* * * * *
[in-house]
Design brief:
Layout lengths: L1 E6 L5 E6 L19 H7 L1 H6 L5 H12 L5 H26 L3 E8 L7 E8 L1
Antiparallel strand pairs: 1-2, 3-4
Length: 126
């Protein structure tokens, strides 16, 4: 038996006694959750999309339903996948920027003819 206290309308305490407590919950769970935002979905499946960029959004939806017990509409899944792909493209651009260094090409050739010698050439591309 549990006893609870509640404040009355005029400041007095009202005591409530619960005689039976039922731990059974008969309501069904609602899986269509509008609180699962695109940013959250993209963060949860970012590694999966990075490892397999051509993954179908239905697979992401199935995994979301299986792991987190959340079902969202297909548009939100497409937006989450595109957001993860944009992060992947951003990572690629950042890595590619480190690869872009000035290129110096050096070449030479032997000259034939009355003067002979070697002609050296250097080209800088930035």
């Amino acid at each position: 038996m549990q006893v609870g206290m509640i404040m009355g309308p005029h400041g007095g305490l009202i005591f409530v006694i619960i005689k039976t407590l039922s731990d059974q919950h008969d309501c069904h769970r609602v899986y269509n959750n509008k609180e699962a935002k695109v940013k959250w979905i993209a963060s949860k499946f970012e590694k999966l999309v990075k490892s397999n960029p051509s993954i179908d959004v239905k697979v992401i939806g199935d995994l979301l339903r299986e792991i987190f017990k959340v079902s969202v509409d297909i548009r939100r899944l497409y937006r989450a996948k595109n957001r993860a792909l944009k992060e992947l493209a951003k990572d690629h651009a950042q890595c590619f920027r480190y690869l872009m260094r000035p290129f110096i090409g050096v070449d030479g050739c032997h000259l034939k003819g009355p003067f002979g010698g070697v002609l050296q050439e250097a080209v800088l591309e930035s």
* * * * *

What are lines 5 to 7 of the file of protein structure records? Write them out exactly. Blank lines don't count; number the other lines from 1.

Length: 126
């Protein structure tokens, strides 16, 4: 038996006694959750999309339903996948920027003819 206290309308305490407590919950769970935002979905499946960029959004939806017990509409899944792909493209651009260094090409050739010698050439591309 549990006893609870509640404040009355005029400041007095009202005591409530619960005689039976039922731990059974008969309501069904609602899986269509509008609180699962695109940013959250993209963060949860970012590694999966990075490892397999051509993954179908239905697979992401199935995994979301299986792991987190959340079902969202297909548009939100497409937006989450595109957001993860944009992060992947951003990572690629950042890595590619480190690869872009000035290129110096050096070449030479032997000259034939009355003067002979070697002609050296250097080209800088930035």
């Amino acid at each position: 038996m549990q006893v609870g206290m509640i404040m009355g309308p005029h400041g007095g305490l009202i005591f409530v006694i619960i005689k039976t407590l039922s731990d059974q919950h008969d309501c069904h769970r609602v899986y269509n959750n509008k609180e699962a935002k695109v940013k959250w979905i993209a963060s949860k499946f970012e590694k999966l999309v990075k490892s397999n960029p051509s993954i179908d959004v239905k697979v992401i939806g199935d995994l979301l339903r299986e792991i987190f017990k959340v079902s969202v509409d297909i548009r939100r899944l497409y937006r989450a996948k595109n957001r993860a792909l944009k992060e992947l493209a951003k990572d690629h651009a950042q890595c590619f920027r480190y690869l872009m260094r000035p290129f110096i090409g050096v070449d030479g050739c032997h000259l034939k003819g009355p003067f002979g010698g070697v002609l050296q050439e250097a080209v800088l591309e930035s």